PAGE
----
Captain Jackey Long, a 25-year department veteran, died in early July shortly after being diagnosed with cancer. Cpl. Keith Slay, a 28-year department veteran died in a late July car crash while he was on duty. Capt. Vince Pasko, a 31-year police veteran, was found dead of what authorities have said was a self-inflicted gunshot wound in his house about two weeks ago.
“It has been one funeral after another,” police chaplain Roy Isasi told the Ledger-Enquirer of Columbus. Ricky Boren, chief of the 488-person department, said he’s never seen so many casualties within the force in such a short time span.
“I am looking at promoting a captain, two lieutenants, two sergeants and a few corporals in the next few weeks as a direct result of what happened this summer,” Boren said.
Slay was a narcotics task force member who was also the only person in Columbus public safety who was authorized to fly a helicopter. His aerial skills were used for everything from surveillance to tactical operations. The department is now using a pilot from a south Alabama Army post and temporary pilots from the Georgia State Patrol until they’re able to replace slay.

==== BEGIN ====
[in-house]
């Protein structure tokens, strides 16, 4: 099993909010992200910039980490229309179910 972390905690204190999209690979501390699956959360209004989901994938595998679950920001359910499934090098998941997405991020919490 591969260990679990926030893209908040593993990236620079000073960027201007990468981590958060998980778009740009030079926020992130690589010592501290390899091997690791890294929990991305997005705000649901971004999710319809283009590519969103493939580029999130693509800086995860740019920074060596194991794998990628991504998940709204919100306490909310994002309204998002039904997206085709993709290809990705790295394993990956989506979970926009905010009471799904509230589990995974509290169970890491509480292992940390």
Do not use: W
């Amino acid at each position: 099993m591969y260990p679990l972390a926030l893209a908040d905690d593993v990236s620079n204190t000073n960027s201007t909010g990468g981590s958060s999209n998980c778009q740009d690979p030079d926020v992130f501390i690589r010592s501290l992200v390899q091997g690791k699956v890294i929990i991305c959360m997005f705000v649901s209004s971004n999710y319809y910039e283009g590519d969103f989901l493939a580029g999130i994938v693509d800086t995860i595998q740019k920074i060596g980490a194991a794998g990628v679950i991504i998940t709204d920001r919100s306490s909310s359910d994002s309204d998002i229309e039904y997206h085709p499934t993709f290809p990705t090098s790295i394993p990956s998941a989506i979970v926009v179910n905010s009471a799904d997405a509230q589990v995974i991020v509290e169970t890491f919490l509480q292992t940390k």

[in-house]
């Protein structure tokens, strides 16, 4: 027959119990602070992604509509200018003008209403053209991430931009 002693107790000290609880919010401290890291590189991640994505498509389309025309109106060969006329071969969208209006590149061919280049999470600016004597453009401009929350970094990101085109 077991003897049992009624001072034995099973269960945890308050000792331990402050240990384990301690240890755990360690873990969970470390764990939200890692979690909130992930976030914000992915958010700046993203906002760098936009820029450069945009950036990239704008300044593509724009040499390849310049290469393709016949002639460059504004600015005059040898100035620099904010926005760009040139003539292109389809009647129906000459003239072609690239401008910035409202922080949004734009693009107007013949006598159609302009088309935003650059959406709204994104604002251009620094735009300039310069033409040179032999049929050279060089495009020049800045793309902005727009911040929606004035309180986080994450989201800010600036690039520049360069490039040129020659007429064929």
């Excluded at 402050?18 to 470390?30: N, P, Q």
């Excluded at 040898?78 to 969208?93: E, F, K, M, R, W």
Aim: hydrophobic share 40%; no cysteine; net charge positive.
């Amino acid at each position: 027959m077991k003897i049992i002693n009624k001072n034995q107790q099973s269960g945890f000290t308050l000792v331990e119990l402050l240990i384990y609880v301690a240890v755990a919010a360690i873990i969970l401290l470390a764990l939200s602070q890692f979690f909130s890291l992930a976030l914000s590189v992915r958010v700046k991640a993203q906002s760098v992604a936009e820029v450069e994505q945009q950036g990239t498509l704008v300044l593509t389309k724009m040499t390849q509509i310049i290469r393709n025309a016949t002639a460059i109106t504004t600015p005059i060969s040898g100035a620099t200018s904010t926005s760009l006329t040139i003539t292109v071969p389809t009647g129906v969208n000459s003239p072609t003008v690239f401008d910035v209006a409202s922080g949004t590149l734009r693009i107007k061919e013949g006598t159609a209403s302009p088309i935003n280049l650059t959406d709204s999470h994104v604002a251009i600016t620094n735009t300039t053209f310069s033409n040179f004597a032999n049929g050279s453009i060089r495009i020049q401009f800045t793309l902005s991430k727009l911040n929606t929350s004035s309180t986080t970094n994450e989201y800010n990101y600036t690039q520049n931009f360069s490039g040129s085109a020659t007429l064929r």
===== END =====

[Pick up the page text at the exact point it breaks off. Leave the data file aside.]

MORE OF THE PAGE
“Keith was in a smaller unit and you could see the pain in each of their eyes,” Isasi said. “I believe some of those officers came to realize how precious life is. All of us take life for granted until something like this happens.”
Long and Pasko were both employed as specialists in business operations. Long was one of the department’s experts on employee benefits, and also worked for a business improvement district coordinating security on weekends and for large events.
Pasko worked in support services, helped lead the department’s launch of a $2.5 million record-keeping program and was an expert on employee pensions.
“Right now, you have a huge scramble to fill three big voids,” said Columbus Mayor and public safety director Teresa Tomlinson. “It is tough enough to fill one.” Aside from the deaths of Slay, Pasko and Long, veteran detective Lynn Joiner retired recently because of medical concerns.
Some department officials say the losses have brought the force closer together.